Strong Essays
1895 words (5.4 pages)

Essay on Inventing Problems in In A Forest of Voices

- Inventing Problems in In A Forest of Voices     "Interesting title, nice alliteration, E.B. White, perfect." That's exactly what I thought upon finding "Sootfall and Fallout" in A Forest of Voices. I find it hard to write about another essay, so often there isn't really enough material to use and one is stuck criticizing turns of phrase or punctuation. But White, in this essay, gives the reader plenty of meat to chew, and much of it is hard to digest. His main point seems to be that radiation fallout must be stopped, because the current generation is buying atomic power with the lives of future generations....   [tags: Forest Voices]

Strong Essays
1088 words (3.1 pages)

Essay on Finding Zoe By Brandi Rarus

- Finding Zoe, written by Brandi Rarus, can be understandable when it comes to the theme when it talked about a story of identity, love and adoption and have a point of purpose to write. It is like Rarus 's unique to attempt to shed new light on the theme where she tried to explain about her experiences between her life and adoption. How she portrayed the theme is absolutely utter and it have all the different perspectives that help to build the strong theme. She has the two themes that built a suitable book, acceptance and compassion are her passionate themes of this book and they are applying to her life....   [tags: Writing, Rhetoric, Literature, Writing process]

Strong Essays
1468 words (4.2 pages)

The Challange of Non-theme Writing Essays

- The Challange of Non-theme Writing "Practice makes perfect". Those are words to remember when attempting to do something new, something beyond your normal routine whether it be playing a sport, singing a song, or even writing in a different form. This thought occurred to me by accident as I grew frustrated with myself for not figuring out what would or would not be acceptable for this writing assignment. I put some music on to clear my head and perhaps stimulate a small portion of my brain that wasn't pulling its fair share in considering how to put this assignment together, and the third song I heard happened to be a song that a friend and I attempted to perform one year at a high school...   [tags: Teaching Writing Education Essays]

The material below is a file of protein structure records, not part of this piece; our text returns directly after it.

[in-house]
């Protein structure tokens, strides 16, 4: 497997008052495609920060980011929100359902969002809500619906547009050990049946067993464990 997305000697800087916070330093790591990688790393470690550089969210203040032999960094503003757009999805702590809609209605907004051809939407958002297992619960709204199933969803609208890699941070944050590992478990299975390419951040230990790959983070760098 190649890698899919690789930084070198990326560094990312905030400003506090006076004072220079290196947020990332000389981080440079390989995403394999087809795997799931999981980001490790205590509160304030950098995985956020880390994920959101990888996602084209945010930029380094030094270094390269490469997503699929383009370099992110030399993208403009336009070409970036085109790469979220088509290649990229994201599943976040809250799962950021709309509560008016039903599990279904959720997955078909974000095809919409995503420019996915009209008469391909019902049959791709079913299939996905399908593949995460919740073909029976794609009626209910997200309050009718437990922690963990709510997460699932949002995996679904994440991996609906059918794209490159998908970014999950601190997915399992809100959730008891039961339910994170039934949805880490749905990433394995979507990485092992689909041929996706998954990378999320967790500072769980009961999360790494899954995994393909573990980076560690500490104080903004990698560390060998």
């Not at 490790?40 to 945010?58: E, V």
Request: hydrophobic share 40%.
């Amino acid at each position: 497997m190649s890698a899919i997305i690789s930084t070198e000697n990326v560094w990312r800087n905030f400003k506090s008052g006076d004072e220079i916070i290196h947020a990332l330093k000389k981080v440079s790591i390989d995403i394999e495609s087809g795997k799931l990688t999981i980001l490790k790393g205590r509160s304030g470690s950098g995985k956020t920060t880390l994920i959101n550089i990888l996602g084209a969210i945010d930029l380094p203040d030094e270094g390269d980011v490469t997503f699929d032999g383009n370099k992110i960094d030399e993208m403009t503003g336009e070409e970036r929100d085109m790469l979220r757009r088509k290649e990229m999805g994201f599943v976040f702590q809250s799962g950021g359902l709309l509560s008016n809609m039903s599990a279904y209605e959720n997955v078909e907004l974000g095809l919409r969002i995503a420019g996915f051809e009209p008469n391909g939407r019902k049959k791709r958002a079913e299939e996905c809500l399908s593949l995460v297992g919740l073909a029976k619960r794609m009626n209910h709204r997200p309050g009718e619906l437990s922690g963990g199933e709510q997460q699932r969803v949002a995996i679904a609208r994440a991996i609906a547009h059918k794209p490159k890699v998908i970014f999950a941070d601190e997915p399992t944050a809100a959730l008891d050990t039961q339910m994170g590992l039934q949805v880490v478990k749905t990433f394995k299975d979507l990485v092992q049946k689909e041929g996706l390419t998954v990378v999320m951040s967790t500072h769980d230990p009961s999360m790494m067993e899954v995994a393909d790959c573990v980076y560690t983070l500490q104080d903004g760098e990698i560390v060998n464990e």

Free Essays
1063 words (3 pages)

Theme Writing Essay

- Theme Writing When I look at the first paper that I did for this class, I can see that what I wrote was theme writing. As a matter of fact I think this is an example that could be used to show people what it is that they shouldn't do when trying to move away from theme writing. I have used all the elements that I was taught in high school, and I can't seem to get rid of them. When I look at this paper I see a loose intro as to what it is that I would like to accomplish, I see four to five paragraphs of information, and a conclusion....   [tags: Education Teaching Writing Essays]

Strong Essays
1400 words (4 pages)

Women Finding Their Voices in Jane Smiley's A Thousand Acres Essay

- Women Finding Their Voices in A Thousand Acres "Women, just like nature or the land, have been seen as something to be used,' says Smiley.'Feminists insist that women have intrinsic value, just as environmentalists believe that nature has its own worth, independent of its use to man'" (Duffy 92). Larry Cook, the senile, old power holder and father in Jane Smiley's A Thousand Acres, is a prime example of a man who believes that women and land are nothing more than objects that exist on this earth only so that he can control them....   [tags: Smiley Thousand Acres Essays]

Free Essays
767 words (2.2 pages)

A Thousand Voices Essay

- A Thousand Voices I cannot speak for the rest of the world, consisting of girly girls and manly men, but I can speak for myself. Virginia Woolf is right on target in saying that every human being has a male half and a female half-I believe this because I am a living example; I think we all are. Julie always gives me scornful looks when I come to lunch from from gym with a red face, and an exhausted yet satisfied expression. "You've been playing floor hockey again, haven't you!?" she belligerently but playfully accuses....   [tags: Thousand Voices Essays]

Free Essays
609 words (1.7 pages)

Finding Ones Own in Cyberspace, by Amy Bruckman Essay

- Ever since I have been in college my telephone has been shorting out every time I try to have a conversation with someone on it. It has been so aggravating. Especially when I am trying to talk and the person on the other line keeps saying, what, what...What did you say. It drives me crazy. Well when I got to college I was advised, and later informed, that it was a requirement to know how to use the Internet. So I signed up for an E-mail account. In high school I never used the computer for anything but assignments, but now I constantly find myself on line....   [tags: Finding Ones Own in Cyberspace]

Free Essays
1233 words (3.5 pages)